Aug 10, 2017

Size Does Matter

By: Steve Jordan

Whether you are looking for deer, walleye, turkeys, offensive linemen, sumo wrestlers, caliber of rifle for out west, YES, size does matter.

Let's use this fact on our food plots. You're probably thinking that I am going to try to talk you into a larger food plot. I am not necessarily going to do that, however, I do like to plant more crops than the deer could possibly eat. 

What I am going to make you aware of is a soybean variety (forage beans) that can grow five to six feet tall with huge leaves. This variety has twice the protein of agricultural beans and is fairly frost resistant. I would like to give you some background and information on this plant. 

I have been planting this forage bean plant in various ways for the last six years or so. You can plant it on its own or in a mix. On its own in a strip is great. A whole plot of it is kind of one-dimensional. This plant has a long growing season (over 200 days) to produce pods for winter feeding of deer and turkeys. In the southern states, this works very well to produce pods. In Wisconsin, we have to be creative with our shorter growing season. I like to mix agricultural or crop beans (soybeans) with the forage beans to stretch out the food availability in the plot for a longer period of time. The deer can eat off the high protein greens of the forage beans all summer and switch over to the soybean pods of the agricultural beans in the fall.

Another way I have used the forage bean is to plant it with corn at a 75% corn and 25% forage bean ratio. These beans will match the corn height and sometimes vine around the corn stalk.

I also add 10% of the forage beans to my tall mix. My tall mix usually consists of corn, sedan grass, sunflowers, Egyptian wheat, tall and short sorghum and forage beans. 

If the forage beans are planted in May here in Wisconsin, they can reach heights of 60-70 inches. If planted in July, they can still reach 30-40 inches on average. 

Some places have a very high deer density. The deer in these areas tend to destroy soybeans daily. If you plant the forage bean at a rate of 80-90 pounds per acre, the deer will have a hard time destroying these plants. In lower deer density areas, 50-60 pounds per acre is adequate. Remember, this variety is huge. Size does matter; not only is the plant bigger than agricultural or crop soybeans, but the root system is much larger. Why does this matter? First of all, a larger and deeper root system is much more drought resistant. Also, a large root system can reach out for nutrients farther and this is especially important when growing on poorer soils.

The leaves on the forage bean plants are 300% larger than crop beans with up to 42% protein compared to 20%-28% on the standard varieties.

Many of you have planted soybeans through the years. As great as they are for attracting and feeding deer, we are all concerned about the first frost, usually toward the end of September in Wisconsin. The day after the first frost our nice tasty green soybean leaves have turned yellow and will fall off in the next 24 hours. Now the deer that we have patterned for bowhunting are going to completely change to a new food source and will change their routes and habits.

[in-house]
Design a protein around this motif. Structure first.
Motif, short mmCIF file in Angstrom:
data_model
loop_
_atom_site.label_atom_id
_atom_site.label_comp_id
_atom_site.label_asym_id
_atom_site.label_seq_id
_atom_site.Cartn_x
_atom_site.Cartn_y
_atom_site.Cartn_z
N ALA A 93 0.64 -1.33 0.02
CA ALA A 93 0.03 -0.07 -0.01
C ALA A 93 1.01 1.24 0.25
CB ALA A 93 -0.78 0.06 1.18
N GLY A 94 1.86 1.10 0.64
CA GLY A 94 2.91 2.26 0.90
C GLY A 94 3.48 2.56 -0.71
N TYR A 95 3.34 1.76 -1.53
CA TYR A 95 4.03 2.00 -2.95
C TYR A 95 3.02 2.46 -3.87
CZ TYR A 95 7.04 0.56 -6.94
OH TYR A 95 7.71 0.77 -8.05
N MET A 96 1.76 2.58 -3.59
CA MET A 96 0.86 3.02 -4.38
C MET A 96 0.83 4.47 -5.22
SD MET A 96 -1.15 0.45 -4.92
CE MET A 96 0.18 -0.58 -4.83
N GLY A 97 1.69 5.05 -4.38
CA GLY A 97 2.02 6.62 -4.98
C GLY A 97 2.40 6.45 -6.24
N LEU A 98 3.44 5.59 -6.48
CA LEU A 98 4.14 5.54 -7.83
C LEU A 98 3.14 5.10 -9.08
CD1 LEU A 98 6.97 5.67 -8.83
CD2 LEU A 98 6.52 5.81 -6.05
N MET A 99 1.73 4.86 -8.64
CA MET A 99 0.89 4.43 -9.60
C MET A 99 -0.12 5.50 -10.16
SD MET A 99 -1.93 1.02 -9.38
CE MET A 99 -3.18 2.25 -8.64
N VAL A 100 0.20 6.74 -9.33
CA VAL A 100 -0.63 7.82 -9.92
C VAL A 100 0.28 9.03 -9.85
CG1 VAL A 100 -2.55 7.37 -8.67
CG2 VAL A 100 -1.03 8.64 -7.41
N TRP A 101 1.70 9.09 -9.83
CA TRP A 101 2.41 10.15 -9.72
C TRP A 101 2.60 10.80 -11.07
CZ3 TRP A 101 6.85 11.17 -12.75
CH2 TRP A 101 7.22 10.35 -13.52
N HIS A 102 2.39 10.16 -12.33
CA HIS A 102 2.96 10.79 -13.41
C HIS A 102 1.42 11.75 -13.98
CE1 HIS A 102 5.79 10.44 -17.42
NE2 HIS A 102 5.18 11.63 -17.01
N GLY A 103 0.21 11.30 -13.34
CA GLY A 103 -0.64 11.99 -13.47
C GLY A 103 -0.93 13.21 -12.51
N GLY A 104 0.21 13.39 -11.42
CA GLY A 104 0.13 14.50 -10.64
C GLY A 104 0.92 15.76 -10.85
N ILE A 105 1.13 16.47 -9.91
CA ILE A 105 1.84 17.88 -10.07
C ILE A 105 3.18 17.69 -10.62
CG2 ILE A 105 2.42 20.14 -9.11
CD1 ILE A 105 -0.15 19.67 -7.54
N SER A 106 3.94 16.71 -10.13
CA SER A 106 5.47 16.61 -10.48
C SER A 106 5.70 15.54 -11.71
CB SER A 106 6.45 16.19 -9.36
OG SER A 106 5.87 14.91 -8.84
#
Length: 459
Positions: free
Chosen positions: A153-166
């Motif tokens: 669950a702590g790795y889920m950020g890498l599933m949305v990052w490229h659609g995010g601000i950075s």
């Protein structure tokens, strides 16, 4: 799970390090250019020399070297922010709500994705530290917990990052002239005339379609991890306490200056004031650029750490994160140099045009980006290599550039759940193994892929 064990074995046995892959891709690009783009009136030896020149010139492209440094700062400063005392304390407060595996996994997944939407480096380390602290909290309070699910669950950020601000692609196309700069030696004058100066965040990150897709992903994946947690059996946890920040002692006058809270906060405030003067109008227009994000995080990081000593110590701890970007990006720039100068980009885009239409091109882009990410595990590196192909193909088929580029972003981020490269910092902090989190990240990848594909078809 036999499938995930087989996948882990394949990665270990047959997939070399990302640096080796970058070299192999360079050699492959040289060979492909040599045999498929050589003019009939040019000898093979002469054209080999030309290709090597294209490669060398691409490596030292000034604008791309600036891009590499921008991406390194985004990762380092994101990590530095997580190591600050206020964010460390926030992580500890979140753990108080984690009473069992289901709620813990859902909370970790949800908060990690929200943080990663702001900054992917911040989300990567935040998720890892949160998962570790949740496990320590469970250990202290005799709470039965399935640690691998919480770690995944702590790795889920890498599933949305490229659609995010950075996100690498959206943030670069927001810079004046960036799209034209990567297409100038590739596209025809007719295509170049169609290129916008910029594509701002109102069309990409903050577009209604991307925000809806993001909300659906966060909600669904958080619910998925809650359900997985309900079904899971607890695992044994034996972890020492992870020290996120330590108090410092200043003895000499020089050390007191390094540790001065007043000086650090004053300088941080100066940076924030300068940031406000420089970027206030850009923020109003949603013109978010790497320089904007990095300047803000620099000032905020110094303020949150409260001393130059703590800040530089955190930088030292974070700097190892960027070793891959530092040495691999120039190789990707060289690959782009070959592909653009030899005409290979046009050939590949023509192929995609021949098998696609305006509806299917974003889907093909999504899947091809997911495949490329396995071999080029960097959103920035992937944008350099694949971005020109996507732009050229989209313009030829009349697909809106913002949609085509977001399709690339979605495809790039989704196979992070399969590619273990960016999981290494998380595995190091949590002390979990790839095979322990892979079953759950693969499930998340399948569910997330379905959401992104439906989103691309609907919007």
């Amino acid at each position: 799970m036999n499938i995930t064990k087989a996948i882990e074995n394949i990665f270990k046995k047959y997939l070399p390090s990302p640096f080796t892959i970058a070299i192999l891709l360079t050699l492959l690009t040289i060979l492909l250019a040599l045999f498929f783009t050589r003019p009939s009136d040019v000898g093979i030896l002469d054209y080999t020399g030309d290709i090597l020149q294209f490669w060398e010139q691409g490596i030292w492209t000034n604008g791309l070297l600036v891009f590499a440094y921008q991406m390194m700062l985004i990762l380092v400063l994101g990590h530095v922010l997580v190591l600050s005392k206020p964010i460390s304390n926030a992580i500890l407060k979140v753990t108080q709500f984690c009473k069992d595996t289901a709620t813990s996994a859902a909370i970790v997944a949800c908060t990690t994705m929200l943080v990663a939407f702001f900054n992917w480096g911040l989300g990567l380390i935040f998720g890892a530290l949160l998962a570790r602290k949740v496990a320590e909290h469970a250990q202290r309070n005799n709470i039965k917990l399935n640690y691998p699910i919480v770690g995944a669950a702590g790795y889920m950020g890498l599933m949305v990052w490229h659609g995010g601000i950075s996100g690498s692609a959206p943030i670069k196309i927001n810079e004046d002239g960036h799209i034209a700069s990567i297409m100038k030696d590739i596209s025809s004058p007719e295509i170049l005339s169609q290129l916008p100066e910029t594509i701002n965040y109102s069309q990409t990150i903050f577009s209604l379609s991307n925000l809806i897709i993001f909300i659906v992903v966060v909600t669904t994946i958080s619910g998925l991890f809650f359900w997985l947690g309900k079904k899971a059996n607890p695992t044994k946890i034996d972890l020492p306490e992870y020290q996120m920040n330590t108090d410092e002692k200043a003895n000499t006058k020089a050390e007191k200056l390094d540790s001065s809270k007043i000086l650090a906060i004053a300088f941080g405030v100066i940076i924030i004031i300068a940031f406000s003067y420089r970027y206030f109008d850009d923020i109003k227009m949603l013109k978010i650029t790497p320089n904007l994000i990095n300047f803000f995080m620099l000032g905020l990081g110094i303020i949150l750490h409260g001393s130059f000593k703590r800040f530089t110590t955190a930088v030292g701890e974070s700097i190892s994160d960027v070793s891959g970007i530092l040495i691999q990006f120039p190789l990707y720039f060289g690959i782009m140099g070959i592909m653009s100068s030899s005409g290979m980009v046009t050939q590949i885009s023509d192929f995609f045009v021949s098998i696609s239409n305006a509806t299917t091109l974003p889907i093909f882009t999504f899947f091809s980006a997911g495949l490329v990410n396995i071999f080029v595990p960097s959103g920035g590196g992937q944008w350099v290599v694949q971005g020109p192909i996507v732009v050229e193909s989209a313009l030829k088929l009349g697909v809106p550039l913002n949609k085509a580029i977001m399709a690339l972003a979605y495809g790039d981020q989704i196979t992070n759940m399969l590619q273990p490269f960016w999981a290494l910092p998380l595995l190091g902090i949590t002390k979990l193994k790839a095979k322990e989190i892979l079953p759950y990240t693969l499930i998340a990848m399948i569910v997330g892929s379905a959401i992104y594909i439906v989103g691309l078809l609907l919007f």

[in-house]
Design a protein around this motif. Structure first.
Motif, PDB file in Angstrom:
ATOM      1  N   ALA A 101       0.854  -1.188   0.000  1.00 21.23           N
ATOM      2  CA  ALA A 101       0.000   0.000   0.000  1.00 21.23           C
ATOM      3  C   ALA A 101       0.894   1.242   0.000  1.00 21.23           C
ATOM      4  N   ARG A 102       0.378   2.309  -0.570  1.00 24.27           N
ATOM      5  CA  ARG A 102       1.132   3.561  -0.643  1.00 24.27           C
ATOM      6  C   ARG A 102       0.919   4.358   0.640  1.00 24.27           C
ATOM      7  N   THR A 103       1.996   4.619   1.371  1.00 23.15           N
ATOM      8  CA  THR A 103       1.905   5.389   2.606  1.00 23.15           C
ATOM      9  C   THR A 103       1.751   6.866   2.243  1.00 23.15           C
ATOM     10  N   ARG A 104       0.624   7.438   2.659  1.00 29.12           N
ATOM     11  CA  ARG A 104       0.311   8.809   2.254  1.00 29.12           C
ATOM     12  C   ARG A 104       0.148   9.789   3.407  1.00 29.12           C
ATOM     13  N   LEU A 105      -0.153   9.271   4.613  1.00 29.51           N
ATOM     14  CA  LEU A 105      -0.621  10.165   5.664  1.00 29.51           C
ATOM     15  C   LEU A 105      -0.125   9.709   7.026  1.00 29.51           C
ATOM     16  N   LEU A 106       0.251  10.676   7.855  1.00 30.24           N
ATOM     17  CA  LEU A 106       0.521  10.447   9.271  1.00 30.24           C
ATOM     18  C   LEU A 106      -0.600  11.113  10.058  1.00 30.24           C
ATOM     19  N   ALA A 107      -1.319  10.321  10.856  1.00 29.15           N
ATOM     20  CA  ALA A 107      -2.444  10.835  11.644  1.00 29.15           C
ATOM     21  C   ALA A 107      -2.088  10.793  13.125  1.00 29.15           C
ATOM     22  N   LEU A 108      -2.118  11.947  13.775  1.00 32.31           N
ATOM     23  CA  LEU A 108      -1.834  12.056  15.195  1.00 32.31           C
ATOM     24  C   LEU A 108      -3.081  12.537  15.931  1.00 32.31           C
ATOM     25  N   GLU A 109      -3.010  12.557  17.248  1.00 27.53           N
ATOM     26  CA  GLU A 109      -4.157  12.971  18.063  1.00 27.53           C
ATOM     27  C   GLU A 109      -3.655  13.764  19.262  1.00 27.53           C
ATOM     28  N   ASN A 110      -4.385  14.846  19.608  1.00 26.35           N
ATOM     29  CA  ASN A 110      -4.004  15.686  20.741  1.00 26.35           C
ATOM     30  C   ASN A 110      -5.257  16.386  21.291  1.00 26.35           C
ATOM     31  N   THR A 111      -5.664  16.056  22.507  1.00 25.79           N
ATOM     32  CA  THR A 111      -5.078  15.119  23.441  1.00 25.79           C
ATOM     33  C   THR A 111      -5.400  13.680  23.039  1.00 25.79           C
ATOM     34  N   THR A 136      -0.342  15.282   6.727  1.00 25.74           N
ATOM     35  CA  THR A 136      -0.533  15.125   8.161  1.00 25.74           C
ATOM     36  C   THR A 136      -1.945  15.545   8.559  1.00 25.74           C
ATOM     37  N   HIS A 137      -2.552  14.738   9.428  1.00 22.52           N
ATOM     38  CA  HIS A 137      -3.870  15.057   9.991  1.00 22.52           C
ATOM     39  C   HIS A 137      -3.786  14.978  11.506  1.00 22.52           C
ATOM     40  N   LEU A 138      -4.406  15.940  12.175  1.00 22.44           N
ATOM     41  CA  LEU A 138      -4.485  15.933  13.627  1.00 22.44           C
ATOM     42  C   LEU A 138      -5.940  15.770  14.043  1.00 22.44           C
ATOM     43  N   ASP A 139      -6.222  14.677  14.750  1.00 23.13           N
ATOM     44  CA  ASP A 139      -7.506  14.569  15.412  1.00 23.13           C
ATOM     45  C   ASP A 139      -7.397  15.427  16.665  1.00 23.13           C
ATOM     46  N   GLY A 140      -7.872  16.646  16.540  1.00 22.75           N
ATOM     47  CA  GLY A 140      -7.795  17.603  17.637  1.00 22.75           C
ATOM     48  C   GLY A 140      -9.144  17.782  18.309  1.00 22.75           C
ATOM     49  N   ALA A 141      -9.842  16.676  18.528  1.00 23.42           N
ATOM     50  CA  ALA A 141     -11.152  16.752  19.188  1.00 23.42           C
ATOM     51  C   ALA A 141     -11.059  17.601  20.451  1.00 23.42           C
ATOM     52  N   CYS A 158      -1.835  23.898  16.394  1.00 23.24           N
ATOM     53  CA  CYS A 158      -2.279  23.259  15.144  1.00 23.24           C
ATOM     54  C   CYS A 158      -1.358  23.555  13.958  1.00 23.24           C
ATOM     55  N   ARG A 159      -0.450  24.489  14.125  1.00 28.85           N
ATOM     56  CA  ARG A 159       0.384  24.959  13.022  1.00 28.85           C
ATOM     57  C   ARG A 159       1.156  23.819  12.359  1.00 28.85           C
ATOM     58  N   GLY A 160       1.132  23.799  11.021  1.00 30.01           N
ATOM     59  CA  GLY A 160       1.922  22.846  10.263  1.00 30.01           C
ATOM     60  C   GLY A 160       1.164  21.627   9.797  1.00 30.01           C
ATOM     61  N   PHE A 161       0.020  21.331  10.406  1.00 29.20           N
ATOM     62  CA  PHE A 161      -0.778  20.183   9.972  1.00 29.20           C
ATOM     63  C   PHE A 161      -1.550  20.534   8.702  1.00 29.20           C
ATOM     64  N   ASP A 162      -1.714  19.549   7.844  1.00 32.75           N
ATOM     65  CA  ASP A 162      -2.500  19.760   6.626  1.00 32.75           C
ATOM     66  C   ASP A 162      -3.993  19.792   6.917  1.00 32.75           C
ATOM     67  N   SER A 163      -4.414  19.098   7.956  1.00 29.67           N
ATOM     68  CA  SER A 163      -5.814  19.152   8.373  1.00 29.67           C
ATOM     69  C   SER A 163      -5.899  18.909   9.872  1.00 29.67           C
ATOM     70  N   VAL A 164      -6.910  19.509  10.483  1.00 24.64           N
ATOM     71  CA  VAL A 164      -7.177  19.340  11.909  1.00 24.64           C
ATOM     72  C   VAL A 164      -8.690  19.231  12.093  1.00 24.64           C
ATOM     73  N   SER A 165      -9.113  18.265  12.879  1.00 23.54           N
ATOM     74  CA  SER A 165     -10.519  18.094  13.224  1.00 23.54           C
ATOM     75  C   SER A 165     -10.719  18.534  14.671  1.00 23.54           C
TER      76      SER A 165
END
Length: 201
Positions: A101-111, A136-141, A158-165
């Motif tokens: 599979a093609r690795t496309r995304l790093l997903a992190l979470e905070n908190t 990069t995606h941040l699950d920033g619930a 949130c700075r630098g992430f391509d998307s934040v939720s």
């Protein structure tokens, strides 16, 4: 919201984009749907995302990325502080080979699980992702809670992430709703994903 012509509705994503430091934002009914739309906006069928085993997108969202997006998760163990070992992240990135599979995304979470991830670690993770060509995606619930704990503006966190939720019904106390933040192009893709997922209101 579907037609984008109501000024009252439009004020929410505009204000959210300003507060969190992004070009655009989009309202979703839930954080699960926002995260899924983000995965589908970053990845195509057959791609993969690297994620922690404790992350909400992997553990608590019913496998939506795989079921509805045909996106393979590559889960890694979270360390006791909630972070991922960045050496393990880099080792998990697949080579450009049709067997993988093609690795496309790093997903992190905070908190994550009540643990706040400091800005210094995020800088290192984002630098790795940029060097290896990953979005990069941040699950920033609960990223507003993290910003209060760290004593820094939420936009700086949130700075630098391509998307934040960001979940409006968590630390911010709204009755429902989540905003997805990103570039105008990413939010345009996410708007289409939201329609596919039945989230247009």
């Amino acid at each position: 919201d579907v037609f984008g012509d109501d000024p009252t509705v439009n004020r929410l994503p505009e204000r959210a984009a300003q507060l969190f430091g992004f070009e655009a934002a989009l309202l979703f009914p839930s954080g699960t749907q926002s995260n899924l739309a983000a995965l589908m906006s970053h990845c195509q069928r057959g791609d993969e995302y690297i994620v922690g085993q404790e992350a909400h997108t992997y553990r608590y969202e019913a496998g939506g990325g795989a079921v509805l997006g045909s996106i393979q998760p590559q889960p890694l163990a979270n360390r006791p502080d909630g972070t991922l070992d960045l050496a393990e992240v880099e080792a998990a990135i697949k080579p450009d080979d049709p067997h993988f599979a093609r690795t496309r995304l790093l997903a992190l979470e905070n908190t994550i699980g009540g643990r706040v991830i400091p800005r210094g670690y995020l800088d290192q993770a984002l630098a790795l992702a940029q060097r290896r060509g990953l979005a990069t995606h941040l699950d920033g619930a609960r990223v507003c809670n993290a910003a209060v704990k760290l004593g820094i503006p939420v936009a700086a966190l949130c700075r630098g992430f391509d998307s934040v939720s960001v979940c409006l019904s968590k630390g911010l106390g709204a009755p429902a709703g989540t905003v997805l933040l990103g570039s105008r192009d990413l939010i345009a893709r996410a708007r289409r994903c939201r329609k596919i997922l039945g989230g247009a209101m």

The main reason that the soybeans are so sensitive to frost in the fall is the age of the plant. If you think back to spring, you may have gotten a late frost in May or June. The corn that is two to three inches high gets stunted, turns pale, and some of it even dies. The young soybean plants are usually deep green and unaffected. The spring soybeans are hardy and on a mission to grow up. The fall soybeans are winding down by late September and they are weak and vulnerable to any added stress. 

Now lets go back to the forage bean. This plant, even planted in early spring in Wisconsin, is still on a mission to mature and is very hardy, even in late fall. With a 200+ day maturity, it is only on about 100-120 days or has about ½ of its growing cycle still ahead. This plant will shake off the first few light frosts and you may have it stay green well into October and the first part of November.

A couple of sources I use to purchase the forage beans are CHS Larsen Cooperative in New London, Wisconsin (920-982-1111, ask for Conner) and Eagle Seeds (www.eagleseed.com). 

Just when you thought you knew everything about soybeans, this product comes up. Just remember, size does matter in most things. Some negative things involved with size might be:

  • Weighing over 300 pounds and going ice fishing on thin ice.
  • Getting a new and bigger tractor and now it doesn't fit on your trailer and is too wide for the lane in your woods.
  • A baby wren getting so fat he couldn't fit out of the hole in the wren house.
  • You get all set for turkey hunting. The first gobble is heard so you go to load your gun only to discover you brought the big 10-gauge shells and you're holding onto the 12-gauge (oops).

By the way, the forage beans are “Glyphosate Tolerant.” This means Round-up ready. I have been instructed to not use the term Round-up ready anymore, so glyphosate tolerant it is. 

Have a great summer.